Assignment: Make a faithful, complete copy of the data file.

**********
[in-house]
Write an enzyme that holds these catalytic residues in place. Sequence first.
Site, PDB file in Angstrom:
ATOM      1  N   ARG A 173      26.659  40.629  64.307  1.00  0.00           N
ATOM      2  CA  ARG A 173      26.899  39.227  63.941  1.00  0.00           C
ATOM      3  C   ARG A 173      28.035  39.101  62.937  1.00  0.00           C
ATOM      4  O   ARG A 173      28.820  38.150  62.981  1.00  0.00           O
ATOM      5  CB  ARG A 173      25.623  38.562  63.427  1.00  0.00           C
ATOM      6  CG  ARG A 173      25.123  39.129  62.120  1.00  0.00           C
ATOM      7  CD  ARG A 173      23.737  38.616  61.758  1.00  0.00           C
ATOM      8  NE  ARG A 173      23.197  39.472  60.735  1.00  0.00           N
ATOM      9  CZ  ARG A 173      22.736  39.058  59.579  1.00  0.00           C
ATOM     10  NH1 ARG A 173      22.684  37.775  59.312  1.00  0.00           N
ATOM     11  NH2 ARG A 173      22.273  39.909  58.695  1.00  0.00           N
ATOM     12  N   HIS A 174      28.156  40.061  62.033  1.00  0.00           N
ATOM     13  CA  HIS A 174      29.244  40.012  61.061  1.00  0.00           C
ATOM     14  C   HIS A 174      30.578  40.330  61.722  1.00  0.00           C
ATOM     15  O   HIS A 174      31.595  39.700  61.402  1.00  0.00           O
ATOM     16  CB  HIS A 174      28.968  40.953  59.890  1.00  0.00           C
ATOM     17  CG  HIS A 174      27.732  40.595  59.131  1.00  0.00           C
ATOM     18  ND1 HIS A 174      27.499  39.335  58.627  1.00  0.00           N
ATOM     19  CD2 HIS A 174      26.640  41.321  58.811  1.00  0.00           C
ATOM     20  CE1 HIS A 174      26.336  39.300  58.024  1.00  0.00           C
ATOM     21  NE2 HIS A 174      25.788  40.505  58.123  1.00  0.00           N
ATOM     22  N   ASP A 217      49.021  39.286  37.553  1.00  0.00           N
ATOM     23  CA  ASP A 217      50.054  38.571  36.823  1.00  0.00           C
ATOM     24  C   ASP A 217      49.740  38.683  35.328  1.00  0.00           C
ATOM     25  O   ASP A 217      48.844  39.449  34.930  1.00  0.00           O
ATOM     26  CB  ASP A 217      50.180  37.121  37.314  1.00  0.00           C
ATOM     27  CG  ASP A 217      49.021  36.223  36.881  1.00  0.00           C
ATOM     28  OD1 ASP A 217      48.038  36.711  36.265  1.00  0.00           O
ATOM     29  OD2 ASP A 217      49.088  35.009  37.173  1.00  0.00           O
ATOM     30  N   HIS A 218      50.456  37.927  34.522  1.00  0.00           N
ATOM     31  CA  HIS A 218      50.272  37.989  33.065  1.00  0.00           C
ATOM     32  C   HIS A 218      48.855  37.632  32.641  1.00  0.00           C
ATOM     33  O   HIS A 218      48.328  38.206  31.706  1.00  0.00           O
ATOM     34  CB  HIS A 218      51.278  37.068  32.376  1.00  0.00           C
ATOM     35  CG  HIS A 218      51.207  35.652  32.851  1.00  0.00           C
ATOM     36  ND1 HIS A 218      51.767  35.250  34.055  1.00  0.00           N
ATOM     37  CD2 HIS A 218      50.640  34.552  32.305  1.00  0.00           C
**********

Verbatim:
[in-house]
Write an enzyme that holds these catalytic residues in place. Sequence first.
Site, PDB file in Angstrom:
ATOM      1  N   ARG A 173      26.659  40.629  64.307  1.00  0.00           N
ATOM      2  CA  ARG A 173      26.899  39.227  63.941  1.00  0.00           C
ATOM      3  C   ARG A 173      28.035  39.101  62.937  1.00  0.00           C
ATOM      4  O   ARG A 173      28.820  38.150  62.981  1.00  0.00           O
ATOM      5  CB  ARG A 173      25.623  38.562  63.427  1.00  0.00           C
ATOM      6  CG  ARG A 173      25.123  39.129  62.120  1.00  0.00           C
ATOM      7  CD  ARG A 173      23.737  38.616  61.758  1.00  0.00           C
ATOM      8  NE  ARG A 173      23.197  39.472  60.735  1.00  0.00           N
ATOM      9  CZ  ARG A 173      22.736  39.058  59.579  1.00  0.00           C
ATOM     10  NH1 ARG A 173      22.684  37.775  59.312  1.00  0.00           N
ATOM     11  NH2 ARG A 173      22.273  39.909  58.695  1.00  0.00           N
ATOM     12  N   HIS A 174      28.156  40.061  62.033  1.00  0.00           N
ATOM     13  CA  HIS A 174      29.244  40.012  61.061  1.00  0.00           C
ATOM     14  C   HIS A 174      30.578  40.330  61.722  1.00  0.00           C
ATOM     15  O   HIS A 174      31.595  39.700  61.402  1.00  0.00           O
ATOM     16  CB  HIS A 174      28.968  40.953  59.890  1.00  0.00           C
ATOM     17  CG  HIS A 174      27.732  40.595  59.131  1.00  0.00           C
ATOM     18  ND1 HIS A 174      27.499  39.335  58.627  1.00  0.00           N
ATOM     19  CD2 HIS A 174      26.640  41.321  58.811  1.00  0.00           C
ATOM     20  CE1 HIS A 174      26.336  39.300  58.024  1.00  0.00           C
ATOM     21  NE2 HIS A 174      25.788  40.505  58.123  1.00  0.00           N
ATOM     22  N   ASP A 217      49.021  39.286  37.553  1.00  0.00           N
ATOM     23  CA  ASP A 217      50.054  38.571  36.823  1.00  0.00           C
ATOM     24  C   ASP A 217      49.740  38.683  35.328  1.00  0.00           C
ATOM     25  O   ASP A 217      48.844  39.449  34.930  1.00  0.00           O
ATOM     26  CB  ASP A 217      50.180  37.121  37.314  1.00  0.00           C
ATOM     27  CG  ASP A 217      49.021  36.223  36.881  1.00  0.00           C
ATOM     28  OD1 ASP A 217      48.038  36.711  36.265  1.00  0.00           O
ATOM     29  OD2 ASP A 217      49.088  35.009  37.173  1.00  0.00           O
ATOM     30  N   HIS A 218      50.456  37.927  34.522  1.00  0.00           N
ATOM     31  CA  HIS A 218      50.272  37.989  33.065  1.00  0.00           C
ATOM     32  C   HIS A 218      48.855  37.632  32.641  1.00  0.00           C
ATOM     33  O   HIS A 218      48.328  38.206  31.706  1.00  0.00           O
ATOM     34  CB  HIS A 218      51.278  37.068  32.376  1.00  0.00           C
ATOM     35  CG  HIS A 218      51.207  35.652  32.851  1.00  0.00           C
ATOM     36  ND1 HIS A 218      51.767  35.250  34.055  1.00  0.00           N
ATOM     37  CD2 HIS A 218      50.640  34.552  32.305  1.00  0.00           C